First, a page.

Brief description of authorization via social network in the application with the participation of the server

Since the author's question is broader than just getting a refresh_token, I am attaching a brief description of the atorization system in the application via Google with the participation of the server. It is assumed that the server decides on user authorization and starts a "session".

I want to add that this is the approach that I or the developers I know usually use. But I am not suggesting that this is the only correct approach, or that it cannot have security problems.

I will describe the system of work, what it should be (in most cases):

  • on the client, the user is authorized through Google, we get the code

  • we send a user authorization request to our server, attaching the received code

  • on the server, to authorize a user, usually, you need a login (aka email) and a password, but you can do without a password if the email is received from a reliable source that will confirm the user's rights. This is exactly what we do: we exchange the code for an access_token, make a request to the google api and get user data, including email. now we can authorize the user (the request from the client with whom the code came to us is still hanging open, waiting for our response)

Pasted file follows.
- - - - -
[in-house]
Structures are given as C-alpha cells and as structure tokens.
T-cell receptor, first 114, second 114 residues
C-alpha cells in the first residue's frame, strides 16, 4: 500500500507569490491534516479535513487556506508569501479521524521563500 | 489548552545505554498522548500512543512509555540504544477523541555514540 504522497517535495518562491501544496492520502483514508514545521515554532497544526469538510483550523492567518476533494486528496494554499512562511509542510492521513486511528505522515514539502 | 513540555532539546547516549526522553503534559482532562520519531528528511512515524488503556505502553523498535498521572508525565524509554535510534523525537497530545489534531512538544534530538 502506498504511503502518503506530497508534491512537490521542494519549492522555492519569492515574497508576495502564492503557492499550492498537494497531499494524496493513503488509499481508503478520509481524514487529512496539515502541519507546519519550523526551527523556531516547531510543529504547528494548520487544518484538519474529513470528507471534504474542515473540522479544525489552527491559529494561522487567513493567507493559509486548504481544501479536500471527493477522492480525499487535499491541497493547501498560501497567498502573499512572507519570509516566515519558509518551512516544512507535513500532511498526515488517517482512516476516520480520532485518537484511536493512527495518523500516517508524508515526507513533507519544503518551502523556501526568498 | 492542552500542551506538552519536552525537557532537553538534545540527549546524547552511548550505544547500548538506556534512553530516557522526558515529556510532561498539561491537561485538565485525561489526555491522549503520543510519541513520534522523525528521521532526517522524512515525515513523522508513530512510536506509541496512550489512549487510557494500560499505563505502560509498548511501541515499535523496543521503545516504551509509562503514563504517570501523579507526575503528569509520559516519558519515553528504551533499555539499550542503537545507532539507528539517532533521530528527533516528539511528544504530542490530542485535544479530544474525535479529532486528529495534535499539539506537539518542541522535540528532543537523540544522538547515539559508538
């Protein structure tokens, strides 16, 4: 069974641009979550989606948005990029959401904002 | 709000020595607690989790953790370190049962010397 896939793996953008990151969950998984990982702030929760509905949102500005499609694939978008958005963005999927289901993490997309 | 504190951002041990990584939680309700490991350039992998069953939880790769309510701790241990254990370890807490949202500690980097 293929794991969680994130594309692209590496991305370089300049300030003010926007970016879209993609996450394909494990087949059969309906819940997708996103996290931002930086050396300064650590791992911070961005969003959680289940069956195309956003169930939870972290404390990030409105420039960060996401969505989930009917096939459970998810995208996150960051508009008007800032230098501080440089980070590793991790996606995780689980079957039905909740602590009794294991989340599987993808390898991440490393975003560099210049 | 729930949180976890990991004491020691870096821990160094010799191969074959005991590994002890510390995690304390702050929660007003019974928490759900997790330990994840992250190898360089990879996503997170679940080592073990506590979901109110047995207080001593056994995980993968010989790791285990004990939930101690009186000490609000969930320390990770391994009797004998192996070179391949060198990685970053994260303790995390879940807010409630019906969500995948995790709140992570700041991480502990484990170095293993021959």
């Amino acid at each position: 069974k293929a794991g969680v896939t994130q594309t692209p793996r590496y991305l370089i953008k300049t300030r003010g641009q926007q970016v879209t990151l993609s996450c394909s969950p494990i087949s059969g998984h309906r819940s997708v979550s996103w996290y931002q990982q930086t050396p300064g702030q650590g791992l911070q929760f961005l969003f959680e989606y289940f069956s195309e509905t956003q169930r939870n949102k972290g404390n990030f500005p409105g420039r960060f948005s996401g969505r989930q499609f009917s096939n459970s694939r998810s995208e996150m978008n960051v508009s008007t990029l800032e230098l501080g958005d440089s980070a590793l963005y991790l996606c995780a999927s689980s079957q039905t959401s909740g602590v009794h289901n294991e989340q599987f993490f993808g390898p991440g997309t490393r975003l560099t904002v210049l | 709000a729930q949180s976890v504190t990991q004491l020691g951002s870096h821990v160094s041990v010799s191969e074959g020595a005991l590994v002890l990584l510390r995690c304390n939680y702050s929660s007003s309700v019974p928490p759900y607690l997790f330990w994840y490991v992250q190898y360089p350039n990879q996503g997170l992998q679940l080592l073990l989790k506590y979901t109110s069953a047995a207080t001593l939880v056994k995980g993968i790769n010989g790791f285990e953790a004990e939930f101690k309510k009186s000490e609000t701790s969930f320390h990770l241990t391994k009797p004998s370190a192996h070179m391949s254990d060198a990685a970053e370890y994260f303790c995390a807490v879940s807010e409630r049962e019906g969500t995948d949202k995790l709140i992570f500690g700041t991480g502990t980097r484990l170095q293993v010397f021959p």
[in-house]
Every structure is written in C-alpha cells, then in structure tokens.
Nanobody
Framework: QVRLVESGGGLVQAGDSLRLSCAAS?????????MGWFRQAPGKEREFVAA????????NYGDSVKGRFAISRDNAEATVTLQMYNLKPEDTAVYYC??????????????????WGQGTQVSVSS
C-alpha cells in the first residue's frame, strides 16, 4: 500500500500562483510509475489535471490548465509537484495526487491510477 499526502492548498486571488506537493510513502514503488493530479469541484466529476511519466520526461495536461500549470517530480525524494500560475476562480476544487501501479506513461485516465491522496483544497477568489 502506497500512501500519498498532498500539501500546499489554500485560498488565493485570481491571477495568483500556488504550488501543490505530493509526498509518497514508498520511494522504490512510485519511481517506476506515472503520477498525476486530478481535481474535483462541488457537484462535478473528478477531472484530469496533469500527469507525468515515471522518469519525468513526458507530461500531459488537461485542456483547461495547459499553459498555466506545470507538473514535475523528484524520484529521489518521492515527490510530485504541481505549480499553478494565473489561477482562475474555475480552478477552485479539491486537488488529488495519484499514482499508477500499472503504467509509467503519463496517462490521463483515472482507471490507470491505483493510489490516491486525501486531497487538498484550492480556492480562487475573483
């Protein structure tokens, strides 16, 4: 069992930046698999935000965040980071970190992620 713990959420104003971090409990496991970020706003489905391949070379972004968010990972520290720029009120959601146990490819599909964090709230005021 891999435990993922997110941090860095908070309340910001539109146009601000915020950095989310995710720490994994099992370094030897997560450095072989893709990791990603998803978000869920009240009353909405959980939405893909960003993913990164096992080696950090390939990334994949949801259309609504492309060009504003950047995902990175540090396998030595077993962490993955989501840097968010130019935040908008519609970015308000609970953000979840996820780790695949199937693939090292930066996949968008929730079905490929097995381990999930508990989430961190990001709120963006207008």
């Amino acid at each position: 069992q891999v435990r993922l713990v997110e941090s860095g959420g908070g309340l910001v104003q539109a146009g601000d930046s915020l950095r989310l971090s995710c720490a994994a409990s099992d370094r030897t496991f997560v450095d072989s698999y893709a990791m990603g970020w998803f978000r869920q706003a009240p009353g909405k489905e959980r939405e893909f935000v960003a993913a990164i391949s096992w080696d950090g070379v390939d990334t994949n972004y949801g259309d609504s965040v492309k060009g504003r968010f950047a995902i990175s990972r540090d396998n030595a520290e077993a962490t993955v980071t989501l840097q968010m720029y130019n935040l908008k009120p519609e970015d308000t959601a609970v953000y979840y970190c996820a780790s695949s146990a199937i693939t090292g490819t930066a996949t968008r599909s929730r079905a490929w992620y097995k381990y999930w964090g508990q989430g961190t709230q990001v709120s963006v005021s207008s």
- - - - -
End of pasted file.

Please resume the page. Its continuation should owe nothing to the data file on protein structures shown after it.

• we create on the server a session or record in the database, where under some generated complex key (secret) we put the data for which user this session is assigned.

  • we send this secret of ours to the application in response to an authorization request, which was still waiting for a response (this all happened in less than a second)

  • the application, having received a successful authorization response, saves the secret in the device memory and then applies it in any convenient way to all requests to the server. even in get-parameters. but it is highly desirable that requests to our server are conducted via https and then nothing threatens security.

  • When making requests from the application, the server takes the secret that came with the request, checks it in the session (or the database, depending on where the infa is stored) and gets the user who owns this session. then the usual work on the response to the request.